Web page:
Northwestern Engineering professor Jiaxing Huang has developed a cheaper, more stable proton-conducting system. To find the key ingredient, he had to look no further than his own backyard.
“We used a clay that you can buy at a gardening store,” says Huang, associate professor of materials science and engineering at Northwestern’s McCormick School of Engineering. “I like to call it a ‘down-to-earth’ material.”
When a proton is transported, it generates an electrical current that plays a key role in both nature and technology. Engineers are particularly interested in harnessing proton conduction for catalysis, electrochemical sensors and reactors, and harvesting energy. In fuel cells, for example, a proton must be transported across a membrane in order to reach a cathode, completing the conversion of chemical energy into electricity.
In cells, protons can be transported through nanopores formed by membrane proteins. Engineers have been trying to mimic this by creating artificial proton nanochannels. For the past 20 years, they have used nanolithography to create nanochannels in silicon, glass, and other materials to enhance ionic transport and conductivity. Those nanochannels do result in higher conductivity, but there are two major problems: nanolithography is complex and expensive, and the final material is difficult to produce on a large scale.
“Many types of nanochannels have been demonstrated on a substrate,” Huang says. “But it has been difficult to produce them in large quantities, say, a substrate filled with nanochannels.”
Huang’s new solution capitalizes on clay’s natural properties. When two-dimensional sheets of the clay, called vermiculite, are exfoliated in water, they carry negative charges, attracting positively charged protons. After the sheets dry, they self-assemble into paper-like films. The near 1-nanometer spacing between the layers serves as the nanochannels that can concentrate protons for conduction.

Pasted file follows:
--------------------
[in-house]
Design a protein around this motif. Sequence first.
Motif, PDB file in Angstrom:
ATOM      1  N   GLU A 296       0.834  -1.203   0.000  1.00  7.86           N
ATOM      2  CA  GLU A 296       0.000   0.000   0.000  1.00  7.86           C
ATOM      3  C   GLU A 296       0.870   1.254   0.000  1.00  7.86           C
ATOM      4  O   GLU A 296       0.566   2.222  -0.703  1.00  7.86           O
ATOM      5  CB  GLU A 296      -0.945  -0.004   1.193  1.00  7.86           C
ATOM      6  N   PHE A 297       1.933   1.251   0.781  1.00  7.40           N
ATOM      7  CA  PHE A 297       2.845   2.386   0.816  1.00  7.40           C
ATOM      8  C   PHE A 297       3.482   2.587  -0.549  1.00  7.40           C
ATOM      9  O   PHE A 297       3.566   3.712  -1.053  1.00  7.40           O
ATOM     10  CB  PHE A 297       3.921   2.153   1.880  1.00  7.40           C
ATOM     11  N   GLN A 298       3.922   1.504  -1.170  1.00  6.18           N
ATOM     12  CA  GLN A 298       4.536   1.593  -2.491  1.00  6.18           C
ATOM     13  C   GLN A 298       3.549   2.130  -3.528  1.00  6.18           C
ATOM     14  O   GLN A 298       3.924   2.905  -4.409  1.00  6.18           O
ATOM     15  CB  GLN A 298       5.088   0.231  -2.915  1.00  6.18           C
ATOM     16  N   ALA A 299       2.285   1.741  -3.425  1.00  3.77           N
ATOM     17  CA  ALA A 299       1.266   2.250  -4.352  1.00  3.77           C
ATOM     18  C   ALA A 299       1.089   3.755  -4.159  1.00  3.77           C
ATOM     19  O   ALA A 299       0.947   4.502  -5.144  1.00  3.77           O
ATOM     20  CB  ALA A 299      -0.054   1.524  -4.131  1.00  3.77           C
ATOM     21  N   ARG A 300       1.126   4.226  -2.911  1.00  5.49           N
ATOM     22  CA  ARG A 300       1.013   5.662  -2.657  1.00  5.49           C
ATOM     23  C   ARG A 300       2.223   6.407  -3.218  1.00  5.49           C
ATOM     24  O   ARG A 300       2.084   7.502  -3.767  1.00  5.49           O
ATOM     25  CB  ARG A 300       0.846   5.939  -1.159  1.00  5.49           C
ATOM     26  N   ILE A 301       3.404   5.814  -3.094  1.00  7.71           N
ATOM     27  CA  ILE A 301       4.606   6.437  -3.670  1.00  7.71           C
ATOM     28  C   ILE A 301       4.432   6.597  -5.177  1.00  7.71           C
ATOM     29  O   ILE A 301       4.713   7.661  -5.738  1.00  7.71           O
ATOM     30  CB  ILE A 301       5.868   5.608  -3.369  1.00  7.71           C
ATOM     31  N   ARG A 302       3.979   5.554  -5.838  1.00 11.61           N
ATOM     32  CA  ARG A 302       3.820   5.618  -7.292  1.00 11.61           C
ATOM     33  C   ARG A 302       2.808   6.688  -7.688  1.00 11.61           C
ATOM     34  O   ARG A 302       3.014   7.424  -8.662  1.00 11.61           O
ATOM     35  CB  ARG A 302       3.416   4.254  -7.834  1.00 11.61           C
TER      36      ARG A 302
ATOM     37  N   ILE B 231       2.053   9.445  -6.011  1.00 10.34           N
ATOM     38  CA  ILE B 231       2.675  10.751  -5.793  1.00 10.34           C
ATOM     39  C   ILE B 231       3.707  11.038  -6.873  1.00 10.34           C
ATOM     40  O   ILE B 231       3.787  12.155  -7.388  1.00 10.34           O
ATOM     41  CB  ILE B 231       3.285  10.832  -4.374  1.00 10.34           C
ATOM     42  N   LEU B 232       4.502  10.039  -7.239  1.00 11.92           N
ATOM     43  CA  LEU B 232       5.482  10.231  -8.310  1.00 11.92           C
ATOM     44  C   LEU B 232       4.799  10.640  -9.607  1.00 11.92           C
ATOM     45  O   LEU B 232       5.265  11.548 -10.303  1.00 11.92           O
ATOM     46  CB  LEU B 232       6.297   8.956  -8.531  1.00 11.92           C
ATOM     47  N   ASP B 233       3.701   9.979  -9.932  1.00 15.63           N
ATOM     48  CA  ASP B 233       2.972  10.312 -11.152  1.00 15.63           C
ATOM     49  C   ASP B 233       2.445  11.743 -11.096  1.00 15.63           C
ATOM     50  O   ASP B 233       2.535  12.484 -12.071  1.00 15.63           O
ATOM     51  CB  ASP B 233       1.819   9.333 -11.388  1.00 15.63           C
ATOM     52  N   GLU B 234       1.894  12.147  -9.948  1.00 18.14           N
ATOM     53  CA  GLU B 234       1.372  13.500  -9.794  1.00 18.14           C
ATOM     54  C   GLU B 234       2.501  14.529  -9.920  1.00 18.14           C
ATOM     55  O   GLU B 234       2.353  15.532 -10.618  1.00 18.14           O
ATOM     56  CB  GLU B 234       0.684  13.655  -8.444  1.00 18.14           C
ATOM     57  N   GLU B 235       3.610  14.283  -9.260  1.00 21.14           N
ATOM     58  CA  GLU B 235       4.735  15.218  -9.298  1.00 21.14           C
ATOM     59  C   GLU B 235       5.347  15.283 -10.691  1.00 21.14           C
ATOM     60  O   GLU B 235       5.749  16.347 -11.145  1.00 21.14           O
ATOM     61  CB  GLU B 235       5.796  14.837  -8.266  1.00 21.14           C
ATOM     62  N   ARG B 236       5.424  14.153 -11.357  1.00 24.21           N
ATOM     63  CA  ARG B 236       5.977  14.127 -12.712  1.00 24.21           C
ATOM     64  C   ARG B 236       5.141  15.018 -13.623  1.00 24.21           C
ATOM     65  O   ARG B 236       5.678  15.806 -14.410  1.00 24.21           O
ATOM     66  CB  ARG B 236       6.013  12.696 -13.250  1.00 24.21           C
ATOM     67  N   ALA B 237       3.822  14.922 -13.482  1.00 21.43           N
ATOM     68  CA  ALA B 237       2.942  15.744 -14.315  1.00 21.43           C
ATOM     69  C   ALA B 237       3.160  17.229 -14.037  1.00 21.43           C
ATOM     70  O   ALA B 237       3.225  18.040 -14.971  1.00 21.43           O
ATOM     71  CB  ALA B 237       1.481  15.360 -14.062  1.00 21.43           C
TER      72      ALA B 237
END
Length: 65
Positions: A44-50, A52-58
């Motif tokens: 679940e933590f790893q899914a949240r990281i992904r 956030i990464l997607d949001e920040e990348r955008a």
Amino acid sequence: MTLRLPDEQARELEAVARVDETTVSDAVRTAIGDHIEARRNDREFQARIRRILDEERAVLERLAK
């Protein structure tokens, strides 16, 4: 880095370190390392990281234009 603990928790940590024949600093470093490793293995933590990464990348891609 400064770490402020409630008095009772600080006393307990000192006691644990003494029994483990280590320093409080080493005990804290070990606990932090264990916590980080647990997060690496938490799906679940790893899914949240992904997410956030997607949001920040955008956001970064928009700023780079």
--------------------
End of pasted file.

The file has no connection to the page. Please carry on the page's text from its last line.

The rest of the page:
Supported by the Office of Naval Research and Northwestern’s Materials Research Science and Engineering Center, Huang’s research is described in a paper published recently in Nature Communications. Other authors of the paper include former visiting student Jiao-Jing Shao, former postdoctoral scholar Kalyan Raidongia, and graduate student Andrew Koltonow. Shao and Raidongia have completed their training at Northwestern and are now professors in China and India, respectively.
Compared to graphene-based sheets and other two-dimensional materials, clay layers have significant advantages for constructing ion conducting devices and materials. Clay is readily available and can be exfoliated in water by ionic exchange, which is much more benign than the chemical exfoliation needed for graphene and other materials. It also has extraordinary chemical and thermal stability, capable of withstanding temperatures higher than 500 degrees Celsius.
“Clay has extraordinary thermal stability,” Huang says. “We want to create a proton conducting system that can sustain very high temperatures because some of the best proton-conducting materials out there can’t do that.”
The simplicity of the material processing techniques required to produce such 2D nanochannels makes it easy to scale up. Therefore, instead of resulting in a small number of channels, over 30 percent of the volume of Huang’s clay membrane is made of proton-conducting nanochannels.
Huang calls his clay membrane a new example of “bulk nanostructured materials,” which refers to a macroscopic form of materials with structural units at nanometer scale. Bulk nanostructure materials are of great interest, partially because they have new properties that are untenable to their nanostructured units.
In this case, the individual clay sheets do not have proton-conducting properties. They need to assemble face-to-face to generate the final bulk form of material, in which all of the sheets collectively support the proton-conducting properties.
“We’re studying nanomaterials beyond the individual nanostructured unit,” he says. “This is a bulk material that can be readily seen, manipulated, and used.”
Release Date: July 13, 2015
Source: Northwestern University